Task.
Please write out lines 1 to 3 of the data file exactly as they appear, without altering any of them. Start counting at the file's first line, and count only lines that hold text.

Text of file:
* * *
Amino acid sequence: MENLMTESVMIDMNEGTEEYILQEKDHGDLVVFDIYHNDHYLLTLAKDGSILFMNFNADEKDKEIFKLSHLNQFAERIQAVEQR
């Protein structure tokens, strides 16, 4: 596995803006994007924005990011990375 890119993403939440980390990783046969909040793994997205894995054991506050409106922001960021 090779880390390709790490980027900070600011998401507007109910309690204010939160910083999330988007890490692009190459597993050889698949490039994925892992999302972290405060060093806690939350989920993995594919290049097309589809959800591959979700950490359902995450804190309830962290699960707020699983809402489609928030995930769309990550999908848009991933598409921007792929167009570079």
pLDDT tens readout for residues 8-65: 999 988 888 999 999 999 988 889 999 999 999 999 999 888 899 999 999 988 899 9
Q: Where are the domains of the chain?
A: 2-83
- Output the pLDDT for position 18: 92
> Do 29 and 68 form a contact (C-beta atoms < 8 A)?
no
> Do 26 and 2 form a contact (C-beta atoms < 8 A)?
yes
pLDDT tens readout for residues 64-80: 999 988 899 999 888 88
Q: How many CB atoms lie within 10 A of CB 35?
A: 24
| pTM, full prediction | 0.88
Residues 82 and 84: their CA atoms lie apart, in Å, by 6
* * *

Amino acid sequence: MENLMTESVMIDMNEGTEEYILQEKDHGDLVVFDIYHNDHYLLTLAKDGSILFMNFNADEKDKEIFKLSHLNQFAERIQAVEQR
């Protein structure tokens, strides 16, 4: 596995803006994007924005990011990375 890119993403939440980390990783046969909040793994997205894995054991506050409106922001960021 090779880390390709790490980027900070600011998401507007109910309690204010939160910083999330988007890490692009190459597993050889698949490039994925892992999302972290405060060093806690939350989920993995594919290049097309589809959800591959979700950490359902995450804190309830962290699960707020699983809402489609928030995930769309990550999908848009991933598409921007792929167009570079």
pLDDT tens readout for residues 8-65: 999 988 888 999 999 999 988 889 999 999 999 999 999 888 899 999 999 988 899 9